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Wild Cat vs Feral Cat

Discussion in 'Hunting' started by Good Ol' Boy, Apr 17, 2019.

  1. OrangeCat

    OrangeCat Member

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    My ferals are recruited to eat the squirrels which ate the fuel line out of a new truck.....neighbors started buying food after they found that.
     
  2. armedwalleye

    armedwalleye Member

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    Collared cats are tolerated....to a point. I want to know they’re not just dumped. Non collared cats are pests in the country and will be eliminated. Coyotes gotta eat, too. I simply arrange for the pursuit to be shortened for them....at least until I see the coyote...
    On either species, while I take no joy in the killing, I will say the .17 HMR is a game changer.
     
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  3. Fine Figure of a Man

    Fine Figure of a Man Member

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    Admit it, you crack a smile.
     
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  4. jmorris

    jmorris Member

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    Yeah we actually imported them to our farm. Not much for people you could spot them from time to time or hear them exit as you entered a barn and the tractor seat would be warm.

    Rodents are not a lot of risk to old equipment but the more wires they have the worse the problem.
     
  5. SgtScrounge

    SgtScrounge Member

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    The domestic cat -tame or feral- is a straight-up murderer. My neighbor's cat kills everything it can catch; multiply that by the millions of cats out there.
    I am a few miles north of Dinwiddie County; your choices are escaped exotic cat, bobcat, or feral domestic cat. If it was one of the first two, I don't think you would need to ask the question.
     
  6. jmorris

    jmorris Member

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    That has been my observations, cats are the only other things than humans, I have seen that kill things, just for “fun”.
     
  7. Fine Figure of a Man

    Fine Figure of a Man Member

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    Most animals in the weasel family kill for fun.
     
  8. Bfh_auto

    Bfh_auto Member

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    If you like small game, cat's of any sort are a threat to their existence. I recently dealt with this and now have a good quail population.
    My neighbor has 2 cat's that follow him like dogs. Learn your neighbor's pets, the rest are invasive species.
     
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  9. straightshooterjake

    straightshooterjake Member

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    I will agree with you that many cats will hunt even if they are not hungry. However, I usually do not criticize them for killing for fun, and instead admire their strong work ethic. Ok, I am half joking, but only half.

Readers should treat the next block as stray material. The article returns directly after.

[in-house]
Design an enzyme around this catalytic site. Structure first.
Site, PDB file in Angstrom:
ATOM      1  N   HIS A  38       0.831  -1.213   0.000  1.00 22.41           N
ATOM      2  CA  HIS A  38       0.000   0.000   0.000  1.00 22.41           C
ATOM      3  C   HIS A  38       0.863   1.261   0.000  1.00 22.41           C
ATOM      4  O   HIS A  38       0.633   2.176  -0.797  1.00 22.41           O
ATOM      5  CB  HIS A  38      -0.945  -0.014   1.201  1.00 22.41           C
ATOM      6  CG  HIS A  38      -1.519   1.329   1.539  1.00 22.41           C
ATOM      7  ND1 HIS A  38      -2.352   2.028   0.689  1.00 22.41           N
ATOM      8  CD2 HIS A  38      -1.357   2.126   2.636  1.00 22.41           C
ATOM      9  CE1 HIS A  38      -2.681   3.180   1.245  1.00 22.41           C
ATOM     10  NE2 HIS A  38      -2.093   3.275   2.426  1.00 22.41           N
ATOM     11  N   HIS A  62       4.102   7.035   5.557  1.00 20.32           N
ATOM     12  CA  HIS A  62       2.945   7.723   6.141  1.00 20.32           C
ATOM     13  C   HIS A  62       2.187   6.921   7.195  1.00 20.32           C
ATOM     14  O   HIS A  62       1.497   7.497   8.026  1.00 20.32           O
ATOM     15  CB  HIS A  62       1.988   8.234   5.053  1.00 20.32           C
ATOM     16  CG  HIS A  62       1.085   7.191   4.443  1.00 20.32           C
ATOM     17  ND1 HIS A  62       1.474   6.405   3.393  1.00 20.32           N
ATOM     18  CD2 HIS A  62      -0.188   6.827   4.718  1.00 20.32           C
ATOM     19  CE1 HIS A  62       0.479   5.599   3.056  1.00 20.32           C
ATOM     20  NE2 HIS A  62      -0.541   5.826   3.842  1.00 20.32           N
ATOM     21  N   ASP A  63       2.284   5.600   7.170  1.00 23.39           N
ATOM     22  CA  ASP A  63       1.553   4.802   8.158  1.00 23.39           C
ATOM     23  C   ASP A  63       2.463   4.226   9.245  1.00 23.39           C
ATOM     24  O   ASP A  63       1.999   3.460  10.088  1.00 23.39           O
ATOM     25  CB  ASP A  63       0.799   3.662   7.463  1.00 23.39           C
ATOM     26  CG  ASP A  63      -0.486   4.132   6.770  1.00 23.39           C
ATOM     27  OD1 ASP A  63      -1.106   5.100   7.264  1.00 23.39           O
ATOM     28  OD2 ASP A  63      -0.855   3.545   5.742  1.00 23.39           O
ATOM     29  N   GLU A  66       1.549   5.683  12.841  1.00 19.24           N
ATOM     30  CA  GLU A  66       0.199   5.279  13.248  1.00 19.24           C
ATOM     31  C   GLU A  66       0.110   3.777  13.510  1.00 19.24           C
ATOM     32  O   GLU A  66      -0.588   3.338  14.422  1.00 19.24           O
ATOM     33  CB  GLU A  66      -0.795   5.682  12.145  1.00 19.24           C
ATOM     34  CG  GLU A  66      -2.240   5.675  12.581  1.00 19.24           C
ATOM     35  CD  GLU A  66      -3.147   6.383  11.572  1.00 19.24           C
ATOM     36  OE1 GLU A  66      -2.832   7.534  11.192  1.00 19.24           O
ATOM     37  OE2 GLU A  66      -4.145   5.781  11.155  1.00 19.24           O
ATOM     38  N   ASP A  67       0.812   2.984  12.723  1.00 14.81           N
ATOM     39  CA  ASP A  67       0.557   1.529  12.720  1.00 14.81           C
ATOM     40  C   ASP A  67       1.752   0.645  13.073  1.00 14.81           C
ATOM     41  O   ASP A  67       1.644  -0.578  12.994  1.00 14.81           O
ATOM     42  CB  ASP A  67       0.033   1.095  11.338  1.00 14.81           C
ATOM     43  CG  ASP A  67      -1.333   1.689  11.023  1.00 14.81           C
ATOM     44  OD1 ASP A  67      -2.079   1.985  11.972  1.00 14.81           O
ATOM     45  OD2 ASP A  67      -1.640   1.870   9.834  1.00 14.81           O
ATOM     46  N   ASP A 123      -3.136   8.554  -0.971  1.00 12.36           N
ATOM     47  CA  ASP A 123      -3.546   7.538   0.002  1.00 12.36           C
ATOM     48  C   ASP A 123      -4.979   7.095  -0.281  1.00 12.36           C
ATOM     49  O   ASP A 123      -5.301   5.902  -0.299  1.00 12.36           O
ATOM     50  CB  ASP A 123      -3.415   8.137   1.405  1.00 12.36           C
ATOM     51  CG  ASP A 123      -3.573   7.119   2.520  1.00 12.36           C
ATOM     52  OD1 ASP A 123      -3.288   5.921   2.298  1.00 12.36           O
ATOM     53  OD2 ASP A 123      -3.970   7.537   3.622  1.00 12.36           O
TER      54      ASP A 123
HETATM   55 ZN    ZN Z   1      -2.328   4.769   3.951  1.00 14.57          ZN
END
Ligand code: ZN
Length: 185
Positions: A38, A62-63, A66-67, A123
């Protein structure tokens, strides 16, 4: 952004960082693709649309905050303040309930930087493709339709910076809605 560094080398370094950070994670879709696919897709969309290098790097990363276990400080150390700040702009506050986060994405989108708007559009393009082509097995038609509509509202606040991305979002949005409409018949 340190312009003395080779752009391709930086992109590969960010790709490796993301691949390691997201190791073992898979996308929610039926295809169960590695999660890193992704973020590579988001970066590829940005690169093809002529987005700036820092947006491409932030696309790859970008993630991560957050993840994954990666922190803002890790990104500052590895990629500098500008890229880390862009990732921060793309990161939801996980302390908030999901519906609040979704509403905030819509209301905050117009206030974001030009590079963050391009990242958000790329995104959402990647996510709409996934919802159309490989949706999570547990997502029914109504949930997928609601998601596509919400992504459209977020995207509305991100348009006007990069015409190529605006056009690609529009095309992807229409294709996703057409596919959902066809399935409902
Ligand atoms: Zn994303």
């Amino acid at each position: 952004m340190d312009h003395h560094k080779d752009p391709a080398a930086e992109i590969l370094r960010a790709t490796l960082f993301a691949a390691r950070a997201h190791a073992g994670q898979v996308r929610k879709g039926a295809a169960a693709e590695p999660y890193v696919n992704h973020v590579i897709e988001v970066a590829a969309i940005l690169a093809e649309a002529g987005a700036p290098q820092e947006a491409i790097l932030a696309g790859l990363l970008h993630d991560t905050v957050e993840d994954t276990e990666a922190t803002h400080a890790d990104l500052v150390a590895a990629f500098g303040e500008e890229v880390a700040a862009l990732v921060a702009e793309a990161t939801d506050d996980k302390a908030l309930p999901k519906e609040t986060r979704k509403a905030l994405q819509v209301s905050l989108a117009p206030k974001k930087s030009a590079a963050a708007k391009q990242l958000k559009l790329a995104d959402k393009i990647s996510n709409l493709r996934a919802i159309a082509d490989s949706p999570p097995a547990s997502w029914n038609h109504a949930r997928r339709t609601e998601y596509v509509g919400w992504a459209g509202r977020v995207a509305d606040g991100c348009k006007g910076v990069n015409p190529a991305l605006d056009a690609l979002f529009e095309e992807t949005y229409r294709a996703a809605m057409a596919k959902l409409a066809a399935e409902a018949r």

Years ago I had an outdoor cat. This was before coyotes had moved east and made outdoor cats mostly a thing of the past in my area. This cat hunted pretty much all day every day. I often wondered why, and I concluded that she was born with physical attributes that made her very good at one thing, so that is what she did. There does not seem to be much more explanation to it. She could have slept all the time, but she chose to use her one skill instead.

    I can certainly see how if you value song birds, a cat's skills and persistence might not be appreciated. But if an excess of rodents is damaging crops, a good predator can be a great benefit. I respect that each person needs assess their own situation, and make the decision that works for them.
     
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  10. Riomouse911

    Riomouse911 Member

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    I knew when I had a roadrunner or feral cat in my yard, the lizard (both) and bird (cat) population dropped to near zero. Feral cats are the worst!

    I caught one feral cat when trying to catch a trash-can toppling raccoon in a Havahart trap a few years ago. Man that thing was spitting fire when I walked up to it!

    The local shelter is no-kill. I was not happy when they refused to take it because it’s considered unadoptable. I didn’t want to be accused of animal cruelty (PETA nazis are all over here) so I let it go.

    I then started tossing my pointers poop in the bushes that the cat seemed to favor and I guess the smell of dog drove it off. I haven’t had one in the yard ever since.

    Stay safe!
     
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  11. Fine Figure of a Man

    Fine Figure of a Man Member

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    My little terrier treed a feral cat in one of my pine trees a couple days ago and my new Sig P365 was effective and reliable.